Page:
Researchers have discovered an approach that could prevent nerve cells in the brain from deteriorating after a traumatic brain injury (TBI).
A research team including scientists with the Geriatric Research Education and Clinical Center at the Louis Stokes Cleveland VA Medical Center identified the approach for preventing nerve cell degeneration by exploring the connection between TBI and Alzheimer’s disease.
Their research, summarized earlier this year in the journal “Cell,” linked the two diseases by identifying a harmful process – acetylation of the tau protein – occurring in the brain in both conditions.
Dr. Andrew A. Pieper (standing, center, with blue suit), the senior author of the study, is a psychiatrist at the Cleveland VA. Here, he’s with his lab team at the Harrington Discovery Institute in Cleveland. (Photo courtesy of Pieper lab)
Two drugs may stop brain deterioration
Importantly, the investigators went on to identify two FDA-approved medications that could obstruct the dangerous process. They say these drugs could suggest new directions in TBI and Alzheimer’s research and treatment.
“By following through on this line of research, we hope to one day be able to tell Veterans and others who have suffered a TBI, ‘We have medicines to help your brain repair itself and recover from your injury,’” says Dr. Andrew A. Pieper.
Pieper is a VA psychiatrist and researcher, and senior author on the Cell article, titled “Reducing Acetylated Tau is Neuroprotective in Brain Injury.”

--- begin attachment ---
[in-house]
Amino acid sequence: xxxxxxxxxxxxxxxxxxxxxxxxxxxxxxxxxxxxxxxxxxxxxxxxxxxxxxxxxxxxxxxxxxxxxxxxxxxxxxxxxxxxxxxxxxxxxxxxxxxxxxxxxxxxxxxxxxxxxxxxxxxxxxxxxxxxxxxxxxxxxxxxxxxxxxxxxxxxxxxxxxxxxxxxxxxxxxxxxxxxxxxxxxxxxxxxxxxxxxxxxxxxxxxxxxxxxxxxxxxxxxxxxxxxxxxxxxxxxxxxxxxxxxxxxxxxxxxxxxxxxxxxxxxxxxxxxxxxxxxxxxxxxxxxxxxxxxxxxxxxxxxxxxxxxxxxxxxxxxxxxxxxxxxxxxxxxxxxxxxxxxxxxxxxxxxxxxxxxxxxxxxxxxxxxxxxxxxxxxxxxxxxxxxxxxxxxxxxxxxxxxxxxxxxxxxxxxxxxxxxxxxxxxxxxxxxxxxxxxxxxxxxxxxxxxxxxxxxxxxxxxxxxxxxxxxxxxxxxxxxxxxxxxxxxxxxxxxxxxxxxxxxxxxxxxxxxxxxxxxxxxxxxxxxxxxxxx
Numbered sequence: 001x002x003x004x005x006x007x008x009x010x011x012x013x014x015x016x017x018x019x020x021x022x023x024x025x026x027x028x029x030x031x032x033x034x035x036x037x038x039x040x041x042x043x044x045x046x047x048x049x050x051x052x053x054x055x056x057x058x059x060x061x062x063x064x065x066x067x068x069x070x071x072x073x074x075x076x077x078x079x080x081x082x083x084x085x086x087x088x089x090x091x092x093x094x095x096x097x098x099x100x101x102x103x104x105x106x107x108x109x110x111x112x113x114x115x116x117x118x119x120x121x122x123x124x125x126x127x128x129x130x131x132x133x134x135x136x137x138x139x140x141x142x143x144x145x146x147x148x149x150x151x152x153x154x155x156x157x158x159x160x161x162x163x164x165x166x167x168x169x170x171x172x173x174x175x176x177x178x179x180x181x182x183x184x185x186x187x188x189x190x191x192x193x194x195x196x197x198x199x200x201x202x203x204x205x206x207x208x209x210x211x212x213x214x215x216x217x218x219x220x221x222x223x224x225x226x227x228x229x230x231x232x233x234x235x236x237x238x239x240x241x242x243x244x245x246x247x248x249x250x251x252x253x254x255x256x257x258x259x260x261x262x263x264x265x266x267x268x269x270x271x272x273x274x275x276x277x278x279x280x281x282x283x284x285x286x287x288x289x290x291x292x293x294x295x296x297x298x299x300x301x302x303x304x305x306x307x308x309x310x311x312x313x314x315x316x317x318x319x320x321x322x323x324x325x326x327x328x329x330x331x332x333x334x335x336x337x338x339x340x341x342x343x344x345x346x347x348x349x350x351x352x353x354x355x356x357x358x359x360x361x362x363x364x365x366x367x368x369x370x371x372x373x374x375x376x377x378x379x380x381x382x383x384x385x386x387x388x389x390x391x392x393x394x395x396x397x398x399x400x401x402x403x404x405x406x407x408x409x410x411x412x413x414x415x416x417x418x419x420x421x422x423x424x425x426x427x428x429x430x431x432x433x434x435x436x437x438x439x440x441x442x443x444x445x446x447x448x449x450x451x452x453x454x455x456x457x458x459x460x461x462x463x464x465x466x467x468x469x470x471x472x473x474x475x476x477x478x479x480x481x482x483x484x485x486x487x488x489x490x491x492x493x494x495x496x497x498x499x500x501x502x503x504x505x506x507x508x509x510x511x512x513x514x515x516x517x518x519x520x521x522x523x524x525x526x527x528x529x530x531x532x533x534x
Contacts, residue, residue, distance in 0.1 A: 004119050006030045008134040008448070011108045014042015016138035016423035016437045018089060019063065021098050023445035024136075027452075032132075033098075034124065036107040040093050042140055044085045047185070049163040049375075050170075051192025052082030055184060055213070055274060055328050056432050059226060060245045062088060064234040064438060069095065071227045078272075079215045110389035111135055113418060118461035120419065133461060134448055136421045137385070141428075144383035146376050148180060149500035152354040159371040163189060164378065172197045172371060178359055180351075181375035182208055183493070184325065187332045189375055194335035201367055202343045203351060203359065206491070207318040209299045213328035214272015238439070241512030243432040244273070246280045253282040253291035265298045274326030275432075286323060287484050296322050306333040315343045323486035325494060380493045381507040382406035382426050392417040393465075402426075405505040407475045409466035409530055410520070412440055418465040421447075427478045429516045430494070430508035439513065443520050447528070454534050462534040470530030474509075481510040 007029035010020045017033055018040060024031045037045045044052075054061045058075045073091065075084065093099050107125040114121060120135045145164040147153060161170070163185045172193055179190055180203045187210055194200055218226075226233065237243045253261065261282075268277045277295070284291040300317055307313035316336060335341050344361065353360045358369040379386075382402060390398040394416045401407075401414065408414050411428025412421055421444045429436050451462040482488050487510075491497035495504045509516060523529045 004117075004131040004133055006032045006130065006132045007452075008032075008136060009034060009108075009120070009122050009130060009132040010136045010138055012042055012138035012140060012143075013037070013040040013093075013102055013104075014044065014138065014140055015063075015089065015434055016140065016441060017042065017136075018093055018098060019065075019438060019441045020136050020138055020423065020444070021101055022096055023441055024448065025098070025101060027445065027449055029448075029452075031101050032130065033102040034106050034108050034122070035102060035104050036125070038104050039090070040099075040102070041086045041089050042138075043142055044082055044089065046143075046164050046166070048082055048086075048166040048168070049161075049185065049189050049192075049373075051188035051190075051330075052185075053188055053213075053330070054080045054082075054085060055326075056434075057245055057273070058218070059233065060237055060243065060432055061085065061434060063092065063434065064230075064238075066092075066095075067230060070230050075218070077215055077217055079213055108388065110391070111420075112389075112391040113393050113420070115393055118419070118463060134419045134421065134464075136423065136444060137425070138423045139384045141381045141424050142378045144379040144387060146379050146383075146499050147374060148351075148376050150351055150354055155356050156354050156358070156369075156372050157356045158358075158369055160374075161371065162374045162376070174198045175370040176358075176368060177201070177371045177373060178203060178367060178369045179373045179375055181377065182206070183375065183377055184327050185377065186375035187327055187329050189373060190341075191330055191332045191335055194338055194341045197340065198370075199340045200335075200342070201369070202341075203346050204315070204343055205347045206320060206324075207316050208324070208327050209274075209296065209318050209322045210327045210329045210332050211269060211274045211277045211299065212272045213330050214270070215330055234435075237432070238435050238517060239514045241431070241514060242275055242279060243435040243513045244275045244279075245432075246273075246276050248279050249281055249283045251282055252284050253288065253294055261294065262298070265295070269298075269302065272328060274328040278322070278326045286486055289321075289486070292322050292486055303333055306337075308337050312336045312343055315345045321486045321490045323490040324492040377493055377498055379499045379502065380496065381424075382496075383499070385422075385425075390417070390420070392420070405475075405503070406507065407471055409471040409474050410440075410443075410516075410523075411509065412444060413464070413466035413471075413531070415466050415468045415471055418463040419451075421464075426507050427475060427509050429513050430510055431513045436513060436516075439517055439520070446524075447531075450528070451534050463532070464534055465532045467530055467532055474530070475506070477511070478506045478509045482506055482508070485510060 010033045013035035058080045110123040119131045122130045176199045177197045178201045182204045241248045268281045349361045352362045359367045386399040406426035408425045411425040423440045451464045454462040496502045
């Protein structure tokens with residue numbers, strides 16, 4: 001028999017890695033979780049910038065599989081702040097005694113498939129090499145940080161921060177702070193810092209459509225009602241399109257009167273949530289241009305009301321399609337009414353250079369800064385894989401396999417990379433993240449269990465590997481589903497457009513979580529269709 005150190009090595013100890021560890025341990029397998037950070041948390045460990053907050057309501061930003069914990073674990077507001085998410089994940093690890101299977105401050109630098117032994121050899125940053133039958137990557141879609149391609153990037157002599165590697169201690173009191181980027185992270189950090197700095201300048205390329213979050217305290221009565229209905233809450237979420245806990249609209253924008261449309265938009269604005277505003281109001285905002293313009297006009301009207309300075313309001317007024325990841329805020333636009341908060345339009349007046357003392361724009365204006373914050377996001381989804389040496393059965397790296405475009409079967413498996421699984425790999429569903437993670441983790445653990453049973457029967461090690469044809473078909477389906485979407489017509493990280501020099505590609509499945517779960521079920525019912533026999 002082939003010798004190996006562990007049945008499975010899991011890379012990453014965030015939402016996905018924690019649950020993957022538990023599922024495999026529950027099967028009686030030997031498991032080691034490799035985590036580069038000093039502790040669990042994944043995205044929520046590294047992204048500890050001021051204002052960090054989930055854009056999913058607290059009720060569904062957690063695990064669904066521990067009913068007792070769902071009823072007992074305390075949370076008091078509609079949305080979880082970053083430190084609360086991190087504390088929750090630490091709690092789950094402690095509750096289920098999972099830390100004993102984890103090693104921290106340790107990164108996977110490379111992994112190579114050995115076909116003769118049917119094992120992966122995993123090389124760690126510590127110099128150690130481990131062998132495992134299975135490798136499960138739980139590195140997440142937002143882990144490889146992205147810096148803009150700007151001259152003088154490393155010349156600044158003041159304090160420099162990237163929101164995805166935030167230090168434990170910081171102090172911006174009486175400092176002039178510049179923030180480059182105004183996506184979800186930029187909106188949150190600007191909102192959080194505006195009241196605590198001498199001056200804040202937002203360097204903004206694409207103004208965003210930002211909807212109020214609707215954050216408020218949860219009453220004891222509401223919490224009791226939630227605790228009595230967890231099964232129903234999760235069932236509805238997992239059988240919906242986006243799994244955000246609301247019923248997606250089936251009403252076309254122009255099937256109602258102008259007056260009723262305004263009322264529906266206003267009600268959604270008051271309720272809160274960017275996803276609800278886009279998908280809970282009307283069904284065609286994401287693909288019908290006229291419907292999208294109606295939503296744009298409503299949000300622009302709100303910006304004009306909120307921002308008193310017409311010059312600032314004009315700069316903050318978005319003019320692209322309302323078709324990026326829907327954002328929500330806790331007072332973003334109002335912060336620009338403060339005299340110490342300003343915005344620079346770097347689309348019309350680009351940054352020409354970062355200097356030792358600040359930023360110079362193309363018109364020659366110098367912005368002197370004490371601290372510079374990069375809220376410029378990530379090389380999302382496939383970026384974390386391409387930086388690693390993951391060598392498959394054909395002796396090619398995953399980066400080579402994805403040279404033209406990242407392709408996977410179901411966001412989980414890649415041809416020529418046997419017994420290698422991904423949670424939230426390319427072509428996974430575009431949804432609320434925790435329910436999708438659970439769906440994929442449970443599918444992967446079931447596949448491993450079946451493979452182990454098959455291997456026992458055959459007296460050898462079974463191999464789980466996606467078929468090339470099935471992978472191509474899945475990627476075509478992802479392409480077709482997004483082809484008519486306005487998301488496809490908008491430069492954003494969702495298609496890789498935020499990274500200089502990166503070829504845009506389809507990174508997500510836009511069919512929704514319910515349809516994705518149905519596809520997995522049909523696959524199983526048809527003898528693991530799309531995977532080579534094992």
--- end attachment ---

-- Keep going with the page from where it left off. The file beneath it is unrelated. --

Why focus on TBI?
Traumatic brain injuries are caused by a bump, blow or jolt to the head. These types of injuries are common, with about 5 million people in the United States living with a disability after TBI. Brain injuries frequently occur during activities and events like rough contact during sports, car accidents and falls. In service members and Veterans, TBI also often follows from explosions during combat or training exercises. TBI can lead to headaches, irritability, sleep disorders, memory problems, slowed thinking and depression. These problems can turn into long-term challenges with brain function that disrupt people’s lives.
Along with factors such as aging and genetics, TBI has been found to raise the risk of Alzheimer’s disease. The reason for this association between brain injury and Alzheimer’s disease has been unknown.
With funding from VA and other sources, the scientists in Andrew Pieper’s lab at the University Hospitals’ Harrington Discovery Institute in Cleveland set their sights on solving the riddle.
“We are keenly interested in identifying the mechanistic link between TBI and Alzheimer’s disease,” Pieper says. He explains that an understanding of this fundamental issue holds great potential for helping so many people with either condition.
“In terms of Alzheimer’s disease, we can’t do anything about our genetics or stop our aging,” Pieper adds. Preventing whatever increases the risk of Alzheimer’s disease after TBI thus represents a great opportunity to meaningfully protect people from brain neuron deterioration.”
Ac-tau pinpointed as common culprit
The research project began when Dr. Min-Kyoo Shin, a senior research scientist in Pieper’s lab, decided to examine whether acetylated tau (ac-tau) was an offender in TBI. Previous studies had identified the destructive substance in brains of people with Alzheimer’s disease.
Shin’s study found a rapid elevation of the suspected substance in mice after TBI. It also showed that this modification of the tau protein was causing parts of the brain’s nerve cells called axons to degenerate. This harmed cognitive function.
“Although TBI is one of the strongest risk factors in dementia and Alzheimer’s disease, before our finding, nobody had shown how TBI may lead to this condition,” points out Shin, a first author on the Cell paper.
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